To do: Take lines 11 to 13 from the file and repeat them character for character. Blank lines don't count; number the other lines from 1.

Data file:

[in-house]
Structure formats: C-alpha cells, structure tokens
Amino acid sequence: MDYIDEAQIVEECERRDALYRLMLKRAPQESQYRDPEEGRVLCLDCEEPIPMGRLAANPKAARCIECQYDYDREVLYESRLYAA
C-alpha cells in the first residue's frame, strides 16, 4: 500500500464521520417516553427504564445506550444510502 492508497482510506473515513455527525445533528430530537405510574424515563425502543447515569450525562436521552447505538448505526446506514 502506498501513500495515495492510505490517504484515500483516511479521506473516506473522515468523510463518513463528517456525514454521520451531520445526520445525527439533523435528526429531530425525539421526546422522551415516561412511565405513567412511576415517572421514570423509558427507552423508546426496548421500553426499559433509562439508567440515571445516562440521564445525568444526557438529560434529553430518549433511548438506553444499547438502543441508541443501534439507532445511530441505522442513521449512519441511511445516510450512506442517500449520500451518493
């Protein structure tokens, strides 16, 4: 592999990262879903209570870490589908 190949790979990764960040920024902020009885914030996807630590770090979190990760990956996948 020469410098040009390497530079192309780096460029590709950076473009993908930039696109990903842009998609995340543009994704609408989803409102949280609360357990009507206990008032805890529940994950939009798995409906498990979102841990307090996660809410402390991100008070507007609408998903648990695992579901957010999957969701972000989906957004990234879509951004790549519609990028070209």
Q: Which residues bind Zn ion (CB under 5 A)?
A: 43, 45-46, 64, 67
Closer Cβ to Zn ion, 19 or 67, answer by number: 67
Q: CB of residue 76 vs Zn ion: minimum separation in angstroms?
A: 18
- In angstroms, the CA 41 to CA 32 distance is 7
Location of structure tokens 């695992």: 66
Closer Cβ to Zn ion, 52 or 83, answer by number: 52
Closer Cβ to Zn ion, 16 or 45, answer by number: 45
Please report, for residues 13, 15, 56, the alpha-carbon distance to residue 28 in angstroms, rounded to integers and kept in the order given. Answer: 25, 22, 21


- In angstroms, the CA 41 to CA 32 distance is 7
Location of structure tokens 């695992």: 66
Closer Cβ to Zn ion, 52 or 83, answer by number: 52